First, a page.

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Poetry From the November 2011 issue: Writing from the Caribbean
At one and a half I rolled up the stairs
to the second floor.
At six I almost drowned in a pool.
At seven a current swept me down a river.
They hit me with a stick, with a rifle-butt,
with a two-by-four. They rammed an elbow into my face,
my stomach too; they kneed me, whipped me, slashed me with machetes.
The neighbor’s dog bit my arm.
They cut my ear when they pierced it.
I’ve been knocked cold. Slapped. Slandered.
Chased by sergeants on motorbikes. By two bill-collectors.
By three Mormons on bicycles.
By girls from Herrera and El Trece.
I’ve been mugged thirty times.
In shared cabs. Private taxis. On scooters. On foot.
A guy gave me a ride and told me: “I’m gay.”
They’ve stolen my TV set, my mattress,
six pairs of sneakers, four billfolds,
a watch, half my books.
They’ve filched several manuscripts, and committed plagiary.
(With what they’ve robbed from me
they could open a pawnshop in Los Prados.)
I’ve broken my right arm, my ring finger,
my hip, my thighbone, and I’ve lost four teeth.
My brother Abelardo gave me a bump on the noggin that still hurts.
At my graduation bash they lit into me with bottles.
Then I published a book of poems and a neighbor read it.
Skeptically, she said she could write
better poems in half an hour, and she did.
An accident with a donkey on the highway.
Attempted suicide in Cabarete.
Tachycardia. Hepatitis. Fucked-up liver.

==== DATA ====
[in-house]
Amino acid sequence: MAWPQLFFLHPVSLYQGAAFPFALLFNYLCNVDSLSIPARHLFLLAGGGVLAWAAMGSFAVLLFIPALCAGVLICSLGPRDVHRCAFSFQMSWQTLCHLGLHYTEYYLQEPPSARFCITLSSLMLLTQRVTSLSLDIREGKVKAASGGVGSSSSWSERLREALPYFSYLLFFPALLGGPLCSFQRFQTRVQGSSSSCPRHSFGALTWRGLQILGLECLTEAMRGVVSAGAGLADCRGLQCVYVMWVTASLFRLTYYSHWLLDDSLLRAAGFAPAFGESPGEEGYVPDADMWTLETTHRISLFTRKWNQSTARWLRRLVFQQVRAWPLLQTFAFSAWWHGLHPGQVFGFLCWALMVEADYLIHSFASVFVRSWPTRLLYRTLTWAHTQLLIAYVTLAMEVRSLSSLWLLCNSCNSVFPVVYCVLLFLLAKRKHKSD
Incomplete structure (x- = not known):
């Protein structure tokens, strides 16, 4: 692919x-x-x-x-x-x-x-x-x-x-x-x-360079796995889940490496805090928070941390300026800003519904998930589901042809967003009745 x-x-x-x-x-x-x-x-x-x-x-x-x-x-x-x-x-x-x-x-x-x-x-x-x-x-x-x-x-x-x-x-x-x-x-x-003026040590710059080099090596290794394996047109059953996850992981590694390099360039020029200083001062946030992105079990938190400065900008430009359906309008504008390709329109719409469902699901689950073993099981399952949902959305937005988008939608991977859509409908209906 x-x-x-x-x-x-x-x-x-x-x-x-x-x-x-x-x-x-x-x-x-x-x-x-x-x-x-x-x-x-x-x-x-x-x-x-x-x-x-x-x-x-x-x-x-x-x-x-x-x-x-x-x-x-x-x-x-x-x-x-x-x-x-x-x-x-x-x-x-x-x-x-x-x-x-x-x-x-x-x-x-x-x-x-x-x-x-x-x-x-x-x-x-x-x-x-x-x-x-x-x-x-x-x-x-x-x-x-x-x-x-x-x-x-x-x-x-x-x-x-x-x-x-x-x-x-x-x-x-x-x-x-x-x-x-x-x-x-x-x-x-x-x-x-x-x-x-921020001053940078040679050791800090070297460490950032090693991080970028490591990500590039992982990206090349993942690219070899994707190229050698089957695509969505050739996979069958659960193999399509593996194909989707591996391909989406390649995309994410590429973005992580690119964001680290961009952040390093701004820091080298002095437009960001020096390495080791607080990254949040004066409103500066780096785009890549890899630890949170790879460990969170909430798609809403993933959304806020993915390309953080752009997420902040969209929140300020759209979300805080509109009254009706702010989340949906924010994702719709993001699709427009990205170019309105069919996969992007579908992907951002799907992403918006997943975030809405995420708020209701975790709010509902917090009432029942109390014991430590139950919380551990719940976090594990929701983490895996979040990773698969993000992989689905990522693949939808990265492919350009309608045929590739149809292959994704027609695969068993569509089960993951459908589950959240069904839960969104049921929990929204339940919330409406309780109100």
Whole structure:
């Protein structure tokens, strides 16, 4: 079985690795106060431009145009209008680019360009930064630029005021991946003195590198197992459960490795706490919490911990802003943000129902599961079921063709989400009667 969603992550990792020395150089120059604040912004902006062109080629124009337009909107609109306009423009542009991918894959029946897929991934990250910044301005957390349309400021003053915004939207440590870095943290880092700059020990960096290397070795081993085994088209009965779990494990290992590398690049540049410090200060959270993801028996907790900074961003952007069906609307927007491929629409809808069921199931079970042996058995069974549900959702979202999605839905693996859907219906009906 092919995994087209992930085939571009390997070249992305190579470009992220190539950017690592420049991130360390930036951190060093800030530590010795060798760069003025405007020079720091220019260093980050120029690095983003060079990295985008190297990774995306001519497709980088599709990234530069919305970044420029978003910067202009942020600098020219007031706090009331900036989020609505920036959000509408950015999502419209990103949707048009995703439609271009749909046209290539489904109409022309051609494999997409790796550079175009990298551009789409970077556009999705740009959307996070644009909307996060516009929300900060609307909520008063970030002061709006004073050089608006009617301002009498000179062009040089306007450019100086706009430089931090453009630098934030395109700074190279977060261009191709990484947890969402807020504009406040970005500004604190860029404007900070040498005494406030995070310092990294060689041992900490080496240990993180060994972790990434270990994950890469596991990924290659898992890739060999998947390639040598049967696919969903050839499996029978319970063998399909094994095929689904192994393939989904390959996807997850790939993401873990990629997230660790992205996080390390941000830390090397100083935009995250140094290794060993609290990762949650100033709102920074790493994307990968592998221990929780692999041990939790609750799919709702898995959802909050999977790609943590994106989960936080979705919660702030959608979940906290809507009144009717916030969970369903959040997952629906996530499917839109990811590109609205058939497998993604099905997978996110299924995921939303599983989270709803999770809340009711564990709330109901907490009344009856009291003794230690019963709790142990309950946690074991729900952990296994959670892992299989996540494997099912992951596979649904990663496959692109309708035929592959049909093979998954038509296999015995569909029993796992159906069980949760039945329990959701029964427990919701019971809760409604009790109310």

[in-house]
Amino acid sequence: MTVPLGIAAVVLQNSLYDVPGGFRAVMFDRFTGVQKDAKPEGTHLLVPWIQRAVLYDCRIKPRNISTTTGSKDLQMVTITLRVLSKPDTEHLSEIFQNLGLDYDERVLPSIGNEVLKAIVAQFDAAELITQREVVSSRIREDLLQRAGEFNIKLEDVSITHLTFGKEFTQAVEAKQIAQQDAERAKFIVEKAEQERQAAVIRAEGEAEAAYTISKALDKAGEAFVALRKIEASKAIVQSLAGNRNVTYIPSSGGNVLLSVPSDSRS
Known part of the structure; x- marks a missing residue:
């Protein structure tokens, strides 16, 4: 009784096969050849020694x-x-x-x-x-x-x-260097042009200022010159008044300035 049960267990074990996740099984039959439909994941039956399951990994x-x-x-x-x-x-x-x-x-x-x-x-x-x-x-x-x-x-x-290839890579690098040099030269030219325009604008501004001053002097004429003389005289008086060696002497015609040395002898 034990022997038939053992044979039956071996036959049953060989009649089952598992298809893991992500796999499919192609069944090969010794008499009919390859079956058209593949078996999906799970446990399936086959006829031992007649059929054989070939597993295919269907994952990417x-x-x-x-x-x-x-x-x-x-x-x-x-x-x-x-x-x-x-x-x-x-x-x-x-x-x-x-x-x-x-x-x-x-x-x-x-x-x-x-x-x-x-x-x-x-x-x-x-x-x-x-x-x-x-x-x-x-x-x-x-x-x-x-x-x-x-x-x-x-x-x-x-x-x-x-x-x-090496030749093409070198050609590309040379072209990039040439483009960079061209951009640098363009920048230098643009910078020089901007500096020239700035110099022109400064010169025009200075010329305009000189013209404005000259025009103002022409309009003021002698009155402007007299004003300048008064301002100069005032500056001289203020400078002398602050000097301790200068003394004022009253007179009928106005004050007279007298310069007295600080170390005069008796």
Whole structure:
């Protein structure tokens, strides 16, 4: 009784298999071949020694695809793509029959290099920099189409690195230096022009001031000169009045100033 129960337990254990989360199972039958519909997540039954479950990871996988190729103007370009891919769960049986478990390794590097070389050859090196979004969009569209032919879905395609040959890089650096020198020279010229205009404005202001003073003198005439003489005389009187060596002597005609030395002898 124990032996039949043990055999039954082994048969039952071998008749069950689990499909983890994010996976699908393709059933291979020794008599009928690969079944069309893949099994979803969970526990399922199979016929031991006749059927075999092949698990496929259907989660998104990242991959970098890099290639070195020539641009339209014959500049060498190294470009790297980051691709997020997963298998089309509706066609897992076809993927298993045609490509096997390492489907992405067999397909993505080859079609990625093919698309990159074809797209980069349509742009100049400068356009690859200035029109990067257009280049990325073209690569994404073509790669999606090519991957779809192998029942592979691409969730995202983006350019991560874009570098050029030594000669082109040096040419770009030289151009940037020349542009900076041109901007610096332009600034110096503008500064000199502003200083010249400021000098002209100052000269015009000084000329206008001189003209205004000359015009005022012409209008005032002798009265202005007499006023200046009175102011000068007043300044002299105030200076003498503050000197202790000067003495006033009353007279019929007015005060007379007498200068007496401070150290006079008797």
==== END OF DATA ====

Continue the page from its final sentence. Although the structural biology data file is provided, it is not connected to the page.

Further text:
Satanized in Eastern Europe. Kicked by Mexicans in Chicago.
In Montecristi, a waitress threatened to kill me
(right now she’s sticking pins in a doll that looks like me).
The neighbors dream of shooting me.
The poets dream of writing me elegies.
Other guys want to douse my head with gas,
flip a burning match, and see my curls on fire.
Girls want to jump in bed with me.
A few weeks ago a policeman stopped me
and asked if I was the poet who’d read poetry
that night and I said yes and the policeman
said those poems were good
and made a bow, sort of.
"Autoretrato" © Frank Baez. By arrangement with the author. Translation © 2011 by Hoyt Rogers. All rights reserved.
Rodé al año y medio por las escaleras
hasta el segundo piso.
A los seis casi me ahogo en una piscina.
A los siete me arrastró la corriente de un río.
Me golpearon con un palo, con la culata de un fusil,
con una tabla. Me propinaron un codazo en la cara
y otro en el estómago, rodillazos,
El perro del vecino me mordió un brazo.
Me cortaron una oreja haciéndome el cerquillo.
Noqueado. Abofeteado. Calumniado.
Perseguido por sargentos en motor. Por dos cobradores.
Por tres mormones en bicicleta.
Por muchachas de Herrera y del Trece.
Me han atracado treinta veces.
En carros públicos. Taxis. Voladoras. A pie.
Alguien me dio una bola y me dijo I am gay.
Me robaron un televisor, un colchón,
seis pares de tenis, cuatro carteras,
un reloj, media biblioteca.
Se llevaron varios manuscritos y cometieron plagio.
(Con lo que me han robado pudieran abrir
una compraventa en Los Prados).
Me fracturé el brazo derecho, el anular,
la cadera, el fémur y perdí cuatro dientes.
El hermano Abelardo me dio un cocotazo que todavía me duele.
En la fiesta de graduación me cayeron a trompadas y botellazos.
Luego publiqué un libro de poesía y una vecina lo leyó
y escéptica dijo que era capaz de escribir
mejores poemas en media hora, y lo hizo.
Accidente con un burro en la carretera.
Intento de suicidio en Cabarete.
Taquicardia. Hepatitis. Hígado jodido.
Satanizado en Europa del Este. Pateado por mexicanos en Chicago.
En Montecristi una mesera me amenazó de muerte